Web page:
The Byrds were an influential American rock band, formed in Los Angeles, California in 1964. The band underwent multiple lineup changes throughout its existence, with frontman Roger McGuinn (known as Jim McGuinn until mid-1967) remaining the sole consistent member, until the group disbanded in 1973. Although they only managed to attain the huge commercial success of contemporaries like the Beach Boys and the Mamas & the Papas for a short period in the mid-late 1960s, The Byrds are today considered by critics to be nearly as influential as those bands. Their signature blend of clear harmonies, jangly twelve-string Rickenbacker guitar, and high level of musicianship would be emulated by countless bands that arose in their wake.

The members

The Byrds were an American rock band formed in Los Angeles, California in 1964. The band underwent multiple line-up changes throughout its existence, with frontman Roger McGuinn (known as Jim McGuinn until mid-1967) being the sole consistent member, until the group disbanded in 1973. Although they only managed to attain the huge commercial success of contemporaries like the Beach Boys and the Mamas & the Papas for a short period in the mid-1960s, The Byrds’ influence was profound and enduring. Initially, they pioneered the musical genre of folk rock, melding the influence of The Beatles and other British Invasion bands with contemporary and traditional folk music. As the 1960s progressed, the band was also influential in originating psychedelic rock, raga rock, and country rock.

The original five-piece lineup of The Byrds consisted of Jim McGuinn (lead guitar, vocals), Gene Clark (tambourine, vocals), David Crosby (rhythm guitar, vocals), Chris Hillman (bass guitar, vocals), and Michael Clarke (drums). However, this version of the band was relatively short-lived; by early 1966, Clark had become estranged from the group due to his drug abuse and desired to pursue a solo career. He was quickly replaced by Gram Parsons.[1] Clarke left soon afterwards; he was replaced by a returning Gene Clark. Hillman then persuaded Crosby to leave too so that he could team up with Parsons to form a new country rock group called Flying Burrito Brothers.[2] These changes left Jim McGuinn as the sole leader of The Byrds.[3]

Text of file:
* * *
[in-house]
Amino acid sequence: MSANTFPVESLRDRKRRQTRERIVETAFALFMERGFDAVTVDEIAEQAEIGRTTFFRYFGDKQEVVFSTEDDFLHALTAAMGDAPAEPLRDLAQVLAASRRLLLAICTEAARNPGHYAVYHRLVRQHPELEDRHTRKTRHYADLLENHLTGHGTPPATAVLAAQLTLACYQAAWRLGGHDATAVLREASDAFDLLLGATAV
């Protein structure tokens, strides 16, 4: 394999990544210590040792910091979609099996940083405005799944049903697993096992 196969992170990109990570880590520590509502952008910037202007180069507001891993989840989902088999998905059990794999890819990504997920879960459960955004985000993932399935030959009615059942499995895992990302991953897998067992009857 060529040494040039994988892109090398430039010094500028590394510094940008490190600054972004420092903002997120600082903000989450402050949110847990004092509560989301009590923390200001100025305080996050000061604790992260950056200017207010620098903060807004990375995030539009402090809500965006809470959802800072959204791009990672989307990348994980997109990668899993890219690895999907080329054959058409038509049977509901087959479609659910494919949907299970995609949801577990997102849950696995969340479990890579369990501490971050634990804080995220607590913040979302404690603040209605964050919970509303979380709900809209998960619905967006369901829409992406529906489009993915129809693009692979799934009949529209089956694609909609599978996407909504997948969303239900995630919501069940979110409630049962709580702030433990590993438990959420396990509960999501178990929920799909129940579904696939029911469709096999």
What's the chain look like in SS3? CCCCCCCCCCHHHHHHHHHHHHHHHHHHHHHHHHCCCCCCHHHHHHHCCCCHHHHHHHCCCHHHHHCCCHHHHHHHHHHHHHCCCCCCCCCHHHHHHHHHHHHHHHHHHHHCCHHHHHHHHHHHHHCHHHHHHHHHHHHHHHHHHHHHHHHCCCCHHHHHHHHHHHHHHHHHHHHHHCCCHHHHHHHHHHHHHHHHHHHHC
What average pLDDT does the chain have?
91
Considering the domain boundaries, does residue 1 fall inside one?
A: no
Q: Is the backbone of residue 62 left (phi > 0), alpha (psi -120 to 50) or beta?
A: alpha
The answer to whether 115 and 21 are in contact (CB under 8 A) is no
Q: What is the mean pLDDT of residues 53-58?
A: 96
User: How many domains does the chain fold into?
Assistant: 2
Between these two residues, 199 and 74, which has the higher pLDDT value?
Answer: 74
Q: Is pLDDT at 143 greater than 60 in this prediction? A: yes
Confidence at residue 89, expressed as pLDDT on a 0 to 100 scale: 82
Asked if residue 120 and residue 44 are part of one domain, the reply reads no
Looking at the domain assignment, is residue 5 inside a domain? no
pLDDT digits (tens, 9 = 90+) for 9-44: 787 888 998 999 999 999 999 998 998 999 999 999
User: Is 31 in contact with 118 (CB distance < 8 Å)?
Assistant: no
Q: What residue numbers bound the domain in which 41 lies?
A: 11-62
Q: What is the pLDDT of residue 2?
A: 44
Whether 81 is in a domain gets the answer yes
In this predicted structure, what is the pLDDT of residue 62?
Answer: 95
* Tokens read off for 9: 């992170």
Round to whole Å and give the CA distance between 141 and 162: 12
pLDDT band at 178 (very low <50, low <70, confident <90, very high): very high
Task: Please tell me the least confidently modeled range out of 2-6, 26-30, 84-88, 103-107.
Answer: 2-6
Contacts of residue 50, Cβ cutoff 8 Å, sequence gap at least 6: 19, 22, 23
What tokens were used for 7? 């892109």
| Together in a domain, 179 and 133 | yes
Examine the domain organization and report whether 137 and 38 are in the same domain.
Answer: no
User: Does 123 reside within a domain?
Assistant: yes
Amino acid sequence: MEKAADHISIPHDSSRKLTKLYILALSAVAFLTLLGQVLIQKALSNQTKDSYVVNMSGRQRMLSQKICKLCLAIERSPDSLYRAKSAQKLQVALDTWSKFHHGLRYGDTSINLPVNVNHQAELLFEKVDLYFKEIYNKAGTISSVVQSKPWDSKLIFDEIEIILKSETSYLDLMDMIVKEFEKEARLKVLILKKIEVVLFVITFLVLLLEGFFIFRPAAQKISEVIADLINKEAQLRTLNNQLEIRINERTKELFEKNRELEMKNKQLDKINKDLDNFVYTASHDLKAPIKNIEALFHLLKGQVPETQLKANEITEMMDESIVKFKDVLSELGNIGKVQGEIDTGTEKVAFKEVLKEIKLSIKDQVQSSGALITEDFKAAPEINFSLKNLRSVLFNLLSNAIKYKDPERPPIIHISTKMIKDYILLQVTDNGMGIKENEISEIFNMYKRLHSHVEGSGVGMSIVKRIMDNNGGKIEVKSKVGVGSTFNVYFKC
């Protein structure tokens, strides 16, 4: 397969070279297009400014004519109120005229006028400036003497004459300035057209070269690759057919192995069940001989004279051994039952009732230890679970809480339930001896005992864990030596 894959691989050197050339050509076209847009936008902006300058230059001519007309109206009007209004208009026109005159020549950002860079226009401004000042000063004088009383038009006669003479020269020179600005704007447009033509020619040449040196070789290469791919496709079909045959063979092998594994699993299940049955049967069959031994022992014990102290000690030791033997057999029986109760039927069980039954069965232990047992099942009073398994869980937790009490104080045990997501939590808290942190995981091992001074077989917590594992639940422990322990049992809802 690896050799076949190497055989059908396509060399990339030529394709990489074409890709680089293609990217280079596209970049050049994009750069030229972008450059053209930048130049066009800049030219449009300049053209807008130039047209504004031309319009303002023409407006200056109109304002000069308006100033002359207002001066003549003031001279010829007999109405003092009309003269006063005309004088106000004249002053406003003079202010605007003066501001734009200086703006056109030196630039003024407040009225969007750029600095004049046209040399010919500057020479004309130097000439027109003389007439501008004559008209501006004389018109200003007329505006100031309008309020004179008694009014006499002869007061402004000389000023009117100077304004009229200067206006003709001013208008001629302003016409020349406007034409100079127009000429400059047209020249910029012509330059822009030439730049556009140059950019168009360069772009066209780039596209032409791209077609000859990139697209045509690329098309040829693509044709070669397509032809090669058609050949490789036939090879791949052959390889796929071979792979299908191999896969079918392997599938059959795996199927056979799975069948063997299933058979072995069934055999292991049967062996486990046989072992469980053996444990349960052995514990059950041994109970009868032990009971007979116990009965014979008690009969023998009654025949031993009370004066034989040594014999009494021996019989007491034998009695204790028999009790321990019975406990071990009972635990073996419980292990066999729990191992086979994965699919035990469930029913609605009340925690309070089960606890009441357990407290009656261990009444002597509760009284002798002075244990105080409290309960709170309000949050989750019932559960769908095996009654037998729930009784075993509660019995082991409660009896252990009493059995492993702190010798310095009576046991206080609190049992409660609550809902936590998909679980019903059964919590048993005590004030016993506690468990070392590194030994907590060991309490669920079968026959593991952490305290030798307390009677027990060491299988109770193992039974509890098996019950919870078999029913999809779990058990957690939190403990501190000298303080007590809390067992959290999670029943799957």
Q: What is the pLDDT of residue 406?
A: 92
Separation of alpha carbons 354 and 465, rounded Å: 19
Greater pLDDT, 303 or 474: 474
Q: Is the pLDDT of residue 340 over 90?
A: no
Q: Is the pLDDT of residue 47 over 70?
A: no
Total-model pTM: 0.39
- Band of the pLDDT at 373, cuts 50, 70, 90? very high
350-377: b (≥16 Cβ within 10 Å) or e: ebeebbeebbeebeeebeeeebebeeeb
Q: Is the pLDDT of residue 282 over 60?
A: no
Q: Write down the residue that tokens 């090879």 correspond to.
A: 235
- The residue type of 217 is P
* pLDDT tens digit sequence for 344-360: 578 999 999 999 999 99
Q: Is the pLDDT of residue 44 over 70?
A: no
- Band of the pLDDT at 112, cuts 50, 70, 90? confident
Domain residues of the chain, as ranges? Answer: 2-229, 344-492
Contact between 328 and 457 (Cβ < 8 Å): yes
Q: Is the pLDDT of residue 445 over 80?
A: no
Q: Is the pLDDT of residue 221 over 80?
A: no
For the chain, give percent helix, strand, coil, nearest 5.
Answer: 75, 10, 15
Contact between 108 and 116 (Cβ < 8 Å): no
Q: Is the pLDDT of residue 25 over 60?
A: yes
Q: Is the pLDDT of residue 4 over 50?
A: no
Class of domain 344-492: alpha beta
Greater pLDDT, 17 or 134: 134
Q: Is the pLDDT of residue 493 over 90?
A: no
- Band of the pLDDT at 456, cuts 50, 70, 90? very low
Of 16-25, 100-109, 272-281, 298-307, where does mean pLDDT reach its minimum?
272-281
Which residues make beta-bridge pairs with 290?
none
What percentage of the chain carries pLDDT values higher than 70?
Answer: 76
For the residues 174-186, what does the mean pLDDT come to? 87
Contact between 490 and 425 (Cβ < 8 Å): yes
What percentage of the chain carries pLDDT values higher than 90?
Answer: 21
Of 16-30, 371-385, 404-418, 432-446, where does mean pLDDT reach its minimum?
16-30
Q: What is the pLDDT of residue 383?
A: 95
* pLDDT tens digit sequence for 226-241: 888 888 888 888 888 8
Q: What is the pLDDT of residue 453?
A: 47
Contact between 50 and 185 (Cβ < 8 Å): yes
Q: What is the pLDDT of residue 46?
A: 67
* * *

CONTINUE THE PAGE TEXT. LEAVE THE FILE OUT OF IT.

Crosby, Stills, Nash, and Young

Crosby, Stills, Nash & Young is the eponymous fourth studio album by Crosby, Stills, Nash & Young, and their first album as a quartet. Released in June 1970 on Atlantic Records, it is one of the first supergroup albums ever released, and contains the hit singles “Woodstock” and “Teach Your Children”. The album was a critical and commercial success, and is considered one of the greatest albums of all time.

Their music

Crosby, Stills, Nash, and Young were a country rock band that rose to prominence in the late 1960s and early 1970s. The group was founded by singer-songwriter David Crosby and singer-guitarist Stephen Stills, who were later joined by singer-songwriter Graham Nash and singer-drummer Neil Young. The four members had all been successful solo artists before forming the group, which released its debut album, Crosby, Stills & Nash, in 1969.

The group’s music blended elements of folk, rock, country, and psychedelia, and was marked by intricate vocal harmonies and aggressive guitar playing. Their success was due in part to the fact that each member of the group was an accomplished musician and songwriter, which allowed them to create a rich catalogue of songs. The band’s political views also aligned with the zeitgeist of the early 1970s, and they were outspoken advocates for social and ecological causes.

Crosby, Stills, Nash & Young released four studio albums between 1969 and 1974: Crosby, Stills & Nash (1969), Deja Vu (1970), 4 Way Street (1971), and So Far (1974). All four albums sold millions of copies and were critical and commercial successes. The group amassed a large following of dedicated fans, many of whom continued to support the band throughout its volatile history.

The members

Crosby, Stills, Nash & Young was a folk rock supergroup made up of four American musicians: David Crosby, Stephen Stills, Graham Nash, and Neil Young. They were known for their intricate vocal harmonies, often tumultuous interpersonal relationships, political activism, and lasting influence on American music and culture.

Crosby was the leader of the Byrds; Stills had played with Buffalo Springfield; Nash was a member of the Hollies; and Young was also a member of Buffalo Springfield as well as a solo artist. Although all four members had previously been successful as part of other groups, it was CSNY’s unique blend of talents that gained them widespread recognition.

The group released four albums together between 1969 and 1974: Crosby, Stills & Nash (1969), Déjà Vu (1970), Four Way Street (1971) CSNY 1974 (1974), and each album received critical acclaim and commercial success. They briefly reunited in 1977 for tour before resuming their individual careers.